LAS CRUCES, N.M. - Reggie Theus knew it wouldn't take long to turn around New Mexico State's free-falling basketball program.
"Publicly, I would have never admitted it. I was taught well," he says. "You've got to give yourself a five-year window, just in case. But in my mind, I felt I could turn this around pretty quick."
That he has.
A season and a half after taking over a team that finished 6-24 in 2005, the school's worst record in 39 years, the former NBA star has the Aggies on a sizzling midseason streak. They've won 15 of their past 16 games entering Saturday's contest at San Jose State.
And while they are not in the Top 25, they are turning heads.
New Mexico State (16-4, 6-1 Western Athletic Conference ) this month shared the nation's longest winning streak - 13 in a row - with Wisconsin. It ended with an overtime loss at Louisiana Tech, but the Aggies bounced back to beat then-No. 15 Nevada 80-75 in Las Cruces.
It was New Mexico State's first win in eight years over a Top 25 team and put the Aggies in position to end the Wolf Pack's three-year run of WAC titles.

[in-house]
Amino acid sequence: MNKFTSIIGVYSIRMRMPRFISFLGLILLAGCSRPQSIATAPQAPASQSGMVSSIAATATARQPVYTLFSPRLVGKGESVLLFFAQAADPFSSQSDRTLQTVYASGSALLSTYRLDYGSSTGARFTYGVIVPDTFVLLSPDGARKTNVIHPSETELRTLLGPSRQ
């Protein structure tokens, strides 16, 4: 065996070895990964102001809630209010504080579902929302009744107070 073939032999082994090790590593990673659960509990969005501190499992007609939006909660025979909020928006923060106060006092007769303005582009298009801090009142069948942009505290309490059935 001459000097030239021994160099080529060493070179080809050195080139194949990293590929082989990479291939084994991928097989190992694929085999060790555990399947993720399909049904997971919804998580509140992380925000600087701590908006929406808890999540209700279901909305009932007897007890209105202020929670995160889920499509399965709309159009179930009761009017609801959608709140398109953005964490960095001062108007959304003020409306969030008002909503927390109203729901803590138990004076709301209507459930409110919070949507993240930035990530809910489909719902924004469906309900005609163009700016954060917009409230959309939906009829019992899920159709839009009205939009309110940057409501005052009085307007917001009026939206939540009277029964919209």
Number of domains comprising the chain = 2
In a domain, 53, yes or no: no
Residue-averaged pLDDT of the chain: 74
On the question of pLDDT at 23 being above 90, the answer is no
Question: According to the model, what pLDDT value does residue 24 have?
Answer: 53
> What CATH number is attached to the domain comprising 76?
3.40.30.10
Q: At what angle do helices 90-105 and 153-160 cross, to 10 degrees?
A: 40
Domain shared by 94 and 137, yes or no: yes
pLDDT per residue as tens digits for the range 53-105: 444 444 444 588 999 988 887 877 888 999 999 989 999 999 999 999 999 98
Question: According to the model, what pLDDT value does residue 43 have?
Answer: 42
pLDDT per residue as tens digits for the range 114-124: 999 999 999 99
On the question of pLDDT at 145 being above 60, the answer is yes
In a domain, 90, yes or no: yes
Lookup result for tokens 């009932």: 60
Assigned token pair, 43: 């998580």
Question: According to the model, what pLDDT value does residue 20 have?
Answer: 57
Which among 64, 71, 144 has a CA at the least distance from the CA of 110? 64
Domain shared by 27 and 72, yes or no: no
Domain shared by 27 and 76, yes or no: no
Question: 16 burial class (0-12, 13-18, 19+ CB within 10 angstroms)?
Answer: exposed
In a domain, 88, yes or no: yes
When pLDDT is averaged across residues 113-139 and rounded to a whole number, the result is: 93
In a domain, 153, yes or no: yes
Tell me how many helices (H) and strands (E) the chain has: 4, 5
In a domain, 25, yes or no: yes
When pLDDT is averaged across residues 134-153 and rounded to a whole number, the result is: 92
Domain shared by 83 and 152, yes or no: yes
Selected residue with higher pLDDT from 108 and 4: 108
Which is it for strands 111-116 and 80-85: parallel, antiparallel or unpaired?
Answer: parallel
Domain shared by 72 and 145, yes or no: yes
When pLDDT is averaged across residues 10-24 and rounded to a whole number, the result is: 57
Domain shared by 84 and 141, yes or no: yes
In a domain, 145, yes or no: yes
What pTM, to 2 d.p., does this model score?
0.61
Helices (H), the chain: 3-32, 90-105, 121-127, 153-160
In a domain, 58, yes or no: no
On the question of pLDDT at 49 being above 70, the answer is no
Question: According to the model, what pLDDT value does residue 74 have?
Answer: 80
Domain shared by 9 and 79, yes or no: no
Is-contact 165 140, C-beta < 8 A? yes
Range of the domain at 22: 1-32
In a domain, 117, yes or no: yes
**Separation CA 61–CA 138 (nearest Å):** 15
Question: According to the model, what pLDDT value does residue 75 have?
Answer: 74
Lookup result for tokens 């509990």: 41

Theus' old boss isn't surprised one bit. Theus spent two seasons as Rick Pitino's assistant at Louisville
"Reggie has all the assets to be a great head coach at the collegiate or pro level," Pitino said. "He's willing to pay the price for what it takes to be a good coach."
Expectations have been soaring since Theus was hired. The Aggies haven't been to the NCAA tournament since 1999, but their fans are convinced this is the year. Attendance at home games has doubled since the 2004-05 season to the current average of nearly 9,600, and there's been a serious spike in the sale of "Reggie Nation" T-shirts.
"Reggie is our man and everybody wants him," said Hilda Ortega, a buyer of clothing at the campus bookstore.
Theus didn't start from the ground up in rebuilding the Aggies. He quickly tapped into a pool of players ready to move on from their initial major college choices, especially big men, to build a dominating front line.
"The best part of our team is that we haven't played our best basketball yet," Theus said. "You can see it coming and you just hope it gets here at the right time."